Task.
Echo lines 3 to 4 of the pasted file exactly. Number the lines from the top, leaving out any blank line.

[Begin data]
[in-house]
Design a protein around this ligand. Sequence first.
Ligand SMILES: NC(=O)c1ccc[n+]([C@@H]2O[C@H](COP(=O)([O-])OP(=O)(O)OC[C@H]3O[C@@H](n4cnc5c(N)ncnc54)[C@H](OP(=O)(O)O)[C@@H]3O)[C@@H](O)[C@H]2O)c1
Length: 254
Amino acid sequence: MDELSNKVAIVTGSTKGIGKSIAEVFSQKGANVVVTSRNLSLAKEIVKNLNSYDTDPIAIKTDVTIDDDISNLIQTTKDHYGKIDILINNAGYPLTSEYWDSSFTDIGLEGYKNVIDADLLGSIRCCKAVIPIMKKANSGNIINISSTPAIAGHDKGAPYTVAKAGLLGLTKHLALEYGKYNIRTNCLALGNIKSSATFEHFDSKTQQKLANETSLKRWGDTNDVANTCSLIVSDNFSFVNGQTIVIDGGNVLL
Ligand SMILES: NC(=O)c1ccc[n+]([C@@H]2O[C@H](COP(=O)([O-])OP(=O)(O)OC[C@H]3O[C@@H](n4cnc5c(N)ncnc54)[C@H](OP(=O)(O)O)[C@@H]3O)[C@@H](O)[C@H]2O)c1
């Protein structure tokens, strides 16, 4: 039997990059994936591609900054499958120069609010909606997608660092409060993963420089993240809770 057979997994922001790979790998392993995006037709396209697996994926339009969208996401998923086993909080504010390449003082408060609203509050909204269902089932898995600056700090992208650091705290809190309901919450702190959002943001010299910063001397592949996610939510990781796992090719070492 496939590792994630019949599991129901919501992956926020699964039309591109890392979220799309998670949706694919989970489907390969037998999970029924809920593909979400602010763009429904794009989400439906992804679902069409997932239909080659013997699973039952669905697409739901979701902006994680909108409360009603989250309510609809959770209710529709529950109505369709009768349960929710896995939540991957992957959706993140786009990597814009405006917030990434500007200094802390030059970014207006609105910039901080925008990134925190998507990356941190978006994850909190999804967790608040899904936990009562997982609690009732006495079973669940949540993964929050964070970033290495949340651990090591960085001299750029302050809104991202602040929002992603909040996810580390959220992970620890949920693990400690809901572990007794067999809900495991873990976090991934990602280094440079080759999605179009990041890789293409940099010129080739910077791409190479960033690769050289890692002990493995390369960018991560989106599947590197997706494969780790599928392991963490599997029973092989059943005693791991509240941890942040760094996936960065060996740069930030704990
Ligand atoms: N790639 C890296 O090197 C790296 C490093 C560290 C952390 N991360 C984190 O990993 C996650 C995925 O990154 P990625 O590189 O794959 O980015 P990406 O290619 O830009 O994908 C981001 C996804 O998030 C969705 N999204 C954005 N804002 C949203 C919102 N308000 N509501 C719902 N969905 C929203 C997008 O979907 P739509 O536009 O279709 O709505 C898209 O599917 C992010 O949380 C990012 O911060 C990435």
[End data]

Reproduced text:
Ligand SMILES: NC(=O)c1ccc[n+]([C@@H]2O[C@H](COP(=O)([O-])OP(=O)(O)OC[C@H]3O[C@@H](n4cnc5c(N)ncnc54)[C@H](OP(=O)(O)O)[C@@H]3O)[C@@H](O)[C@H]2O)c1
Length: 254